Merkel and Pope talk about a 'strong' Europe
By: Kirsten Grieshaber
VATICAN CITY (AP) — German Chancellor Angela Merkel, mindful of the importance of Christian voters in September elections, met with Pope Francis on Saturday during a quick trip to Rome that focused on helping victims of Europe's economic crisis and emphasizing the continent's Christian roots.
Merkel spoke privately for 45 minutes with the pope at the Apostolic Palace, after exchanging cordial greetings in German. Her Christian Democrat party depends heavily on support from Protestant and Catholic voters, and the chat and photo opportunity could be a welcome campaign boost for a leader largely identified by Europe's economically suffering citizens as a champion of debt reduction, including painful austerity across much of the continent.
For its part, the Vatican is eager for allies in its campaign to win over more Catholics. Francis was leading a sort of pep rally for the faith in St. Peter's Square Saturday evening, attended by about 150,000 people.
Most were from Europe but many came from the pope's native South America. They sang and prayed during an hours-long gathering ahead of the pope's appearance. On Thursday, Francis blasted what he called a "cult of money" in a global financial system that ends up tyrannizing, not helping, the world's poor.
Asked whether they had also talked about the pope's recent criticism, Merkel said they spoke about the regulation of the financial markets. "The regulation of the financial markets is our central problem, our central task," Merkel told reporters on the Vatican grounds. "We are moving ahead, but we are not yet where we want to be, where we could say that a derailment of the guard rails of social market won't happen again."
Merkel added: "It ought to be like this: the economy is there to serve the people. In the last few years, this hasn't been the case at all everywhere." Italy, Spain, Ireland, Portugal and especially Greece have seen governments concentrate on debt reduction while slashing state spending. With growth stymied, unemployment, especially among young people, has soared. Businesses, many of them family-run in southern Europe, have failed as bank lending dried up.
The chancellor said the pope had stressed the world needs a strong and just Europe, and she described the overall conversation has encouraging. Merkel is currently campaigning for re-election in September's general elections. Half of Germany's population is Catholic. In Bavaria especially there is a strong conservative and Catholic tradition.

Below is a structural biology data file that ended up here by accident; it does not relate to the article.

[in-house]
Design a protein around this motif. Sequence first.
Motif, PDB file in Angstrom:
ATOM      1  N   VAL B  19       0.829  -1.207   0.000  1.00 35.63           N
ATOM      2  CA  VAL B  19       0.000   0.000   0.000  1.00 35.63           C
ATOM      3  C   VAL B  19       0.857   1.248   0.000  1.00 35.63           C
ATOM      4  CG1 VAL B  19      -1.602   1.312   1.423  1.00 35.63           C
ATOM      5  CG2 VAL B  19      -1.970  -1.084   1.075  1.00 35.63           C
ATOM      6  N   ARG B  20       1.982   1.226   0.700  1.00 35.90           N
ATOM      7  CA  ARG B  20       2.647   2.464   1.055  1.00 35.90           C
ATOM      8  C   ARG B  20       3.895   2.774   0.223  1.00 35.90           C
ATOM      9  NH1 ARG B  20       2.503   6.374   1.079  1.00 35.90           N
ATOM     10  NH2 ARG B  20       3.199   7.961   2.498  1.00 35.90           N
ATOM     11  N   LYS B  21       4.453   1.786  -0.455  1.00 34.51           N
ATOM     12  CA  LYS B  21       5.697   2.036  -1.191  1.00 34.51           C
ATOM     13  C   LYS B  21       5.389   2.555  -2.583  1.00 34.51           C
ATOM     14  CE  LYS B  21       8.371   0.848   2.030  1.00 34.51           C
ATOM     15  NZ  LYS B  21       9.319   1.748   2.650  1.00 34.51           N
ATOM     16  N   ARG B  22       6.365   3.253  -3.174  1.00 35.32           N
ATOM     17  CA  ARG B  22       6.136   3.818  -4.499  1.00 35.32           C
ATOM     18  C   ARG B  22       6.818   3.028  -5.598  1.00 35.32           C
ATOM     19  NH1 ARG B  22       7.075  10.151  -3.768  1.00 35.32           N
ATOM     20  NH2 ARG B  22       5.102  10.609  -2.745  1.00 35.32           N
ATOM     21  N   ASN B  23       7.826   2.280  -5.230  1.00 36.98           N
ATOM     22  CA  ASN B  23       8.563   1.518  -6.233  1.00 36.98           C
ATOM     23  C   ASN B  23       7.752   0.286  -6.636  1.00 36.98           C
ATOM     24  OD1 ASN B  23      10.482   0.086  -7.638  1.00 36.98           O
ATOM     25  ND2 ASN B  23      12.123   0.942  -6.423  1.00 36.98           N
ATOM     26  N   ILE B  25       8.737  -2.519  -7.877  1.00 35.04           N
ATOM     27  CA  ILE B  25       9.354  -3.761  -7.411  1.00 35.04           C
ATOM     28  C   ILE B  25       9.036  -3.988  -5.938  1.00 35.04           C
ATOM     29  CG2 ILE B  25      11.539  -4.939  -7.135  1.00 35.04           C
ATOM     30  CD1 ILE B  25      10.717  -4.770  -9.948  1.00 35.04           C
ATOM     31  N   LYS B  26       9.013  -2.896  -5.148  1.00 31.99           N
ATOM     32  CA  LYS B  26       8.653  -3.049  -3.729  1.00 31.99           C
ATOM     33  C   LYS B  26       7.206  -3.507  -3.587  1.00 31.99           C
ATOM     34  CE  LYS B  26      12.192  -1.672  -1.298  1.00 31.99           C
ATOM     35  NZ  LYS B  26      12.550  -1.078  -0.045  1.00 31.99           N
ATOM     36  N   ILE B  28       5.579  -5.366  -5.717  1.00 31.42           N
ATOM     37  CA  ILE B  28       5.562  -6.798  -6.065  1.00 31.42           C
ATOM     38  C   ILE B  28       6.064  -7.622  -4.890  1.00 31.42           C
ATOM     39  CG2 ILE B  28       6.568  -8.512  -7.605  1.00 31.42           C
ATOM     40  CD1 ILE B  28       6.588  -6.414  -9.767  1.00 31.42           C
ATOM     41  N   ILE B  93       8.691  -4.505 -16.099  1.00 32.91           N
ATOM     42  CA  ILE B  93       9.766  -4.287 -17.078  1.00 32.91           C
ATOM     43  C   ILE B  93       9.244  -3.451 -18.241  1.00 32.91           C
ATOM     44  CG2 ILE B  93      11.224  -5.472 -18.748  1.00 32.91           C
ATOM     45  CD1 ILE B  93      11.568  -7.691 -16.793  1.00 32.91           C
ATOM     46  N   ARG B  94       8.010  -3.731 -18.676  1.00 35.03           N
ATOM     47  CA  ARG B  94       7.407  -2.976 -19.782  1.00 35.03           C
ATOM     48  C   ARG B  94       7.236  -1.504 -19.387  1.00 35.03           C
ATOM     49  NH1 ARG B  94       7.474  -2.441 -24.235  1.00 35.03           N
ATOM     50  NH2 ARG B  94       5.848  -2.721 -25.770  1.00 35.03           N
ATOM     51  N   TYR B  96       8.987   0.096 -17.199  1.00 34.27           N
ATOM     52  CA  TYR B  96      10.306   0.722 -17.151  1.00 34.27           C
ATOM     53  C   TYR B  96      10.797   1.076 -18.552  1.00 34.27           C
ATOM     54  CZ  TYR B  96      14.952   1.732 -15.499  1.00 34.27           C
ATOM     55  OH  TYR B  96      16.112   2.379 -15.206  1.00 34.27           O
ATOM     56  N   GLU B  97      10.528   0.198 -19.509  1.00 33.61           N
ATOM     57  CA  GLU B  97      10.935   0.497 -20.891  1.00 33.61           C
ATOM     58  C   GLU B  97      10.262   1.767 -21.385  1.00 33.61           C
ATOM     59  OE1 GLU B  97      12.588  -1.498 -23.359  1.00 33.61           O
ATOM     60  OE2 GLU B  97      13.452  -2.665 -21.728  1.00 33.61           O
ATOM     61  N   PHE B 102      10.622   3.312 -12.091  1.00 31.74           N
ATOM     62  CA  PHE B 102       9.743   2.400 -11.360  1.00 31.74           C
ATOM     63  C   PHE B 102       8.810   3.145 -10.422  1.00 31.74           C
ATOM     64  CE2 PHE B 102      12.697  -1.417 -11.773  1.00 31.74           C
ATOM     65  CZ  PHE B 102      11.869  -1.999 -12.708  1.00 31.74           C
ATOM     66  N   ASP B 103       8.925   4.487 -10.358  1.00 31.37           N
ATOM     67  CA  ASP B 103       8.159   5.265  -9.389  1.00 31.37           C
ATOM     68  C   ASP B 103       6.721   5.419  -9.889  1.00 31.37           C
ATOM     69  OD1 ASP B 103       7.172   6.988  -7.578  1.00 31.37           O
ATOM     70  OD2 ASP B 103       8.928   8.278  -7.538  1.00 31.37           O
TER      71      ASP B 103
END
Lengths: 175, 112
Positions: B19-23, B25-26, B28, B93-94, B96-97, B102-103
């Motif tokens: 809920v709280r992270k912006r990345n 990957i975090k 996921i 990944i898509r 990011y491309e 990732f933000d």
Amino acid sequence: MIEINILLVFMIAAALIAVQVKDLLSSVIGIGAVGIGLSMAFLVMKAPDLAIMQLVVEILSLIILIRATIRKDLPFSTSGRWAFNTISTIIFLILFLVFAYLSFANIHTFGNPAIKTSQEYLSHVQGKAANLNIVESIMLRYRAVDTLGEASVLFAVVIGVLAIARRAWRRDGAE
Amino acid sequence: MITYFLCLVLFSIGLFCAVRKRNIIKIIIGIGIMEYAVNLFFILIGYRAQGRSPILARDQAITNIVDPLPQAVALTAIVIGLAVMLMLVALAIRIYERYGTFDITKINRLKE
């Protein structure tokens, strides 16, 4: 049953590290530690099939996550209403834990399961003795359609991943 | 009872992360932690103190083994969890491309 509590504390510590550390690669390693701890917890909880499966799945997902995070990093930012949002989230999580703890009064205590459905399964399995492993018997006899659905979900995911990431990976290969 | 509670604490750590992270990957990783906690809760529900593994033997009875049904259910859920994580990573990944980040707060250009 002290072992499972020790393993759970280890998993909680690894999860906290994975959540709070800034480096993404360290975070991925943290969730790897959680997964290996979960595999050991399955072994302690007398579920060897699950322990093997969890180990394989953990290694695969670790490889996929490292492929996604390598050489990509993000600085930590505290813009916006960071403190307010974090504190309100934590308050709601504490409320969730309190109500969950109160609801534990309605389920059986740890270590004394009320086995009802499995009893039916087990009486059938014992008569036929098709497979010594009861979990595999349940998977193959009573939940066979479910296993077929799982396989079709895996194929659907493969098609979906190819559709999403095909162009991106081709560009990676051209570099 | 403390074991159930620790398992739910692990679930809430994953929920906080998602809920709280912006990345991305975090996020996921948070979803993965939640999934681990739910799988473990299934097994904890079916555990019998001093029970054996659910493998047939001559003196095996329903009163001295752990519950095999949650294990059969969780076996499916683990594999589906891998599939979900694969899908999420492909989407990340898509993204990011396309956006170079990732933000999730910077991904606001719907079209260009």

According to a Vatican statement, Francis and Merkel discussed the socio-political, economic and religious situation in Europe and in the world, including "safeguarding human rights, the persecutions faced by Christians" and religious freedom.
Francis, who is Argentine, has picked up on campaigns by the two previous popes, the Polish John Paul II and German Benedict XVI, to reinvigorate what the Catholic church sees as flagging religious enthusiasm on a continent with Christian roots, including dwindling number of churchgoers in much of Western Europe.
"I see continuity in the missionary aspect, in becoming aware of the importance of Christianity for our Christian roots," said Merkel, adding that the "simple and touching words" of Francis, who was elected pontiff two months ago, are already reaching people.
The Vatican also uses papal visits with major leaders to seek allies in lobbying on behalf of Christians who face discrimination and in some cases physical violence in parts of the world. Merkel said she has reflected on how she and Francis both had spent part of their lives in countries once under dictatorships — her native East Germany under Soviet-influenced communist rule, and the pope's Argentine homeland, once ruled by a bloody military dictatorship.